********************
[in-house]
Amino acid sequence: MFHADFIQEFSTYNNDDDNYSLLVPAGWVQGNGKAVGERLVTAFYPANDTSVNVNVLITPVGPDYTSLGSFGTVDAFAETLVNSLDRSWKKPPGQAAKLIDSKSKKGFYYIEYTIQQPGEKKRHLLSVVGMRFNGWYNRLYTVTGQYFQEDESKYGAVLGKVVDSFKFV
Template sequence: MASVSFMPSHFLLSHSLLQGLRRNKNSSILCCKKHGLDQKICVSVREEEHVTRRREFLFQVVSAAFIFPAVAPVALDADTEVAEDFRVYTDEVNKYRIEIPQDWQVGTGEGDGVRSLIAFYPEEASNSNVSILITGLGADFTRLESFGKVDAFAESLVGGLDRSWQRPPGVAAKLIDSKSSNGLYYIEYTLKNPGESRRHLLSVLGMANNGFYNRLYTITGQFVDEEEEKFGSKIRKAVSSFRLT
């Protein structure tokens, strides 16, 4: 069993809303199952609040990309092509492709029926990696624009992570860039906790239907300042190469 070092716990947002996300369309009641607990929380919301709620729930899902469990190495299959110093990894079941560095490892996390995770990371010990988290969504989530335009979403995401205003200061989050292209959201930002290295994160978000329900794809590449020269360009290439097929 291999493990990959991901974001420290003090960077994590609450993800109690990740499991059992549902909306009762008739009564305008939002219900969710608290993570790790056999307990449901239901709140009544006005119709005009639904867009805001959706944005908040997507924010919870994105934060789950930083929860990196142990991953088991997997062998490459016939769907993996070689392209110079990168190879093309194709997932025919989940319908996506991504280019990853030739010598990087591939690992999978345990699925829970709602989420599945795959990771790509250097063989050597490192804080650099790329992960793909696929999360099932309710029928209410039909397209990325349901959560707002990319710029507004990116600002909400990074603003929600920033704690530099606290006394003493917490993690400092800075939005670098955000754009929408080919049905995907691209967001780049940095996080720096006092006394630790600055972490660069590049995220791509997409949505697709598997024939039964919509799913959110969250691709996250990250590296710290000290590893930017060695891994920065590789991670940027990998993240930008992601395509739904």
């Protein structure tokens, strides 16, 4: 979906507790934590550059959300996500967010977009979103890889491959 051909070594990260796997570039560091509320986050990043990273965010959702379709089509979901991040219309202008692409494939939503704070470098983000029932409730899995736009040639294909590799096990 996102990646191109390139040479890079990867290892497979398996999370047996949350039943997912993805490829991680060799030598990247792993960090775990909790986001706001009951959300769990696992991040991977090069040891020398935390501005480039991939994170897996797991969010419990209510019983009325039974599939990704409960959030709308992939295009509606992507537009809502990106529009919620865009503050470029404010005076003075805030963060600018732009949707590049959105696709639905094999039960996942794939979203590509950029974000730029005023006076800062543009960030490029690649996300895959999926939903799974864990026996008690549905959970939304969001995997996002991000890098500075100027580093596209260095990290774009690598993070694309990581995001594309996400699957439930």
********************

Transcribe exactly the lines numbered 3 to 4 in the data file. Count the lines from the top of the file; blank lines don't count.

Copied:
Template sequence: MASVSFMPSHFLLSHSLLQGLRRNKNSSILCCKKHGLDQKICVSVREEEHVTRRREFLFQVVSAAFIFPAVAPVALDADTEVAEDFRVYTDEVNKYRIEIPQDWQVGTGEGDGVRSLIAFYPEEASNSNVSILITGLGADFTRLESFGKVDAFAESLVGGLDRSWQRPPGVAAKLIDSKSSNGLYYIEYTLKNPGESRRHLLSVLGMANNGFYNRLYTITGQFVDEEEEKFGSKIRKAVSSFRLT
């Protein structure tokens, strides 16, 4: 069993809303199952609040990309092509492709029926990696624009992570860039906790239907300042190469 070092716990947002996300369309009641607990929380919301709620729930899902469990190495299959110093990894079941560095490892996390995770990371010990988290969504989530335009979403995401205003200061989050292209959201930002290295994160978000329900794809590449020269360009290439097929 291999493990990959991901974001420290003090960077994590609450993800109690990740499991059992549902909306009762008739009564305008939002219900969710608290993570790790056999307990449901239901709140009544006005119709005009639904867009805001959706944005908040997507924010919870994105934060789950930083929860990196142990991953088991997997062998490459016939769907993996070689392209110079990168190879093309194709997932025919989940319908996506991504280019990853030739010598990087591939690992999978345990699925829970709602989420599945795959990771790509250097063989050597490192804080650099790329992960793909696929999360099932309710029928209410039909397209990325349901959560707002990319710029507004990116600002909400990074603003929600920033704690530099606290006394003493917490993690400092800075939005670098955000754009929408080919049905995907691209967001780049940095996080720096006092006394630790600055972490660069590049995220791509997409949505697709598997024939039964919509799913959110969250691709996250990250590296710290000290590893930017060695891994920065590789991670940027990998993240930008992601395509739904």